/ Games

An open-source 2D game engine written in Go

An open-source 2D game engine written in Go

Engo

A cross-platform game engine written in Go following an interpretation of the Entity Component System paradigm. Engo is currently compilable for Mac OSX, Linux and Windows. With the release of Go 1.4, supporting Android and the inception of iOS compatibility, mobile has been be added as a release target. Web support (gopherjs) is also available.

v1.0 is now available! To celebrate, there will be a game jam coming soon to celebrate the release, start actually building things and hopefully find any issues. Updates for this will come soon.

Getting Started

Theory: common vs engo

There are currently two major important packages within this repository: engo.io/engo and engo.io/engo/common.

The top level engo package contains the functionality of creating windows, starting the game, creating an OpenGL
context and handling input. It is designed to be used with Systems designed as per engo.io/ecs specifications.
The common package contains our ECS implementations of common game development Systems like a RenderSystem or
CameraSystem.

Practice: Getting it to Run

  1. First, you have to install some dependencies:
  2. If you're running on Debian/Ubuntu:
    sudo apt-get install libasound2-dev libglu1-mesa-dev freeglut3-dev mesa-common-dev xorg-dev libgl1-mesa-dev git-all
  3. If you're running on Windows you'll need a gcc compiler that the go tool can use and have gcc.exe in your PATH environmental variable. We recommend Mingw since it has been tested. You'll also need git installed, we recommend getting it from The official Git site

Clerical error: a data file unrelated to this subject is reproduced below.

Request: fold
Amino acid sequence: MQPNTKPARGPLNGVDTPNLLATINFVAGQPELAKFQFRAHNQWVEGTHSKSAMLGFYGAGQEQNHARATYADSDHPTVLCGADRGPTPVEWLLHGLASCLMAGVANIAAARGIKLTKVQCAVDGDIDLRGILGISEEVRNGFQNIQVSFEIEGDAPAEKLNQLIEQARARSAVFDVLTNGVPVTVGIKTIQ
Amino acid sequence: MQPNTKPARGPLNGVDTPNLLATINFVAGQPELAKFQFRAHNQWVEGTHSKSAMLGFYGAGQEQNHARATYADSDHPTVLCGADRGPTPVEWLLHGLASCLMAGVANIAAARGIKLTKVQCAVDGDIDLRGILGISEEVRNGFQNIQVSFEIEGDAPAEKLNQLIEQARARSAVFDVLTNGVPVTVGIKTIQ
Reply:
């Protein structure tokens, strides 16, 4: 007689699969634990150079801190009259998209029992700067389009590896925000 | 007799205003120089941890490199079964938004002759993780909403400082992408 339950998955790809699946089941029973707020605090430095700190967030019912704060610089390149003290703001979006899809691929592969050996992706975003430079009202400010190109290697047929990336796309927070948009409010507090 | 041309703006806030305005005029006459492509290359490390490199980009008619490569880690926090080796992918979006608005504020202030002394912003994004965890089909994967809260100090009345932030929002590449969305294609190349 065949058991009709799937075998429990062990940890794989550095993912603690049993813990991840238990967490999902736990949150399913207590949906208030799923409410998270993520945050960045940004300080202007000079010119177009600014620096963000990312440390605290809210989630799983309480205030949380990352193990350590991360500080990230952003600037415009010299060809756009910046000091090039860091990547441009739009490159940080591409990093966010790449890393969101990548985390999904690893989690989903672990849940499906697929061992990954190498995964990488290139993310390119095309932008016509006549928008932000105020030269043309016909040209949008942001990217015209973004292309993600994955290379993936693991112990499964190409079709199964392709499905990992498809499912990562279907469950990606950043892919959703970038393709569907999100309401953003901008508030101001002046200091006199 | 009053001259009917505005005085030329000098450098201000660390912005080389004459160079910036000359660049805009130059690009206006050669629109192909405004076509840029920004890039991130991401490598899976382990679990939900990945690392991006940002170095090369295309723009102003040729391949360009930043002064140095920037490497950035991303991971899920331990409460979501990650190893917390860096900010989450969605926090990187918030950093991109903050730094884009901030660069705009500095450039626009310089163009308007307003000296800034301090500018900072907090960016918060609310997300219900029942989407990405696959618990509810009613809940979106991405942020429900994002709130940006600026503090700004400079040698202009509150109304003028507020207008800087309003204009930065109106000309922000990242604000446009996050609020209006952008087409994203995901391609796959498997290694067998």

4. If you're on OSX, you will also need Git. You can find instructions here. You can also use homebrew to install git as well. Open an issue if you have any issues
  5. Then, you can go get it:
    go get -u engo.io/engo
  6. You may also want to get the dependencies of platform specific builds, so that build tools like godef can use them:
    go get -u -tags js ./...
    go get -u -tags android ./...
  7. Now, you have two choices:
  8. Visit our website, which hosts a full-blown tutorial series on how to create your own game, and on top of that, has some conceptual explanations;
  9. Check out some demos in our demos folder.
  10. Finally, if you run into problems, if you've encountered a bug, or want to request a feature, feel free to shoot
    us a DM or create an issue.

Breaking Changes Since v1.0

Engo is always undergoing a lot of optimizations and constantly gets new features. However, this sometimes means things break. In order to make transitioning easier for you,
we have a list of those changes, with the most recent being at the top. If you run into any problems, please contact us at gitter.

  • TMXObject Width and Height is in pixels, and can be fractional. This has changed from an int to a float64.
  • TMXTileset now uses a Spritesheet instead of a Texture. This helps keep track of the guid better and allows the gid to not start at zero and have skips in it, as well as for borders and spacing in the tile sheet.
  • TMX Level's objects have all been rolled into Object rather than have separate things like "PolyLineObject". This is to be
    consistent with the TMX format.
  • The Shader interface now has a SetCamera(*CameraSystem) method. This method allows shaders to automatically update the camera system as it changes, such as between scenes or when the camera system is added.

Roadmap to v1.1

A list of issues for v1.1 can be found here. There's always room
for improvement! Feel free to submit proposals, open issues, and let us know how we can improve!

GitHub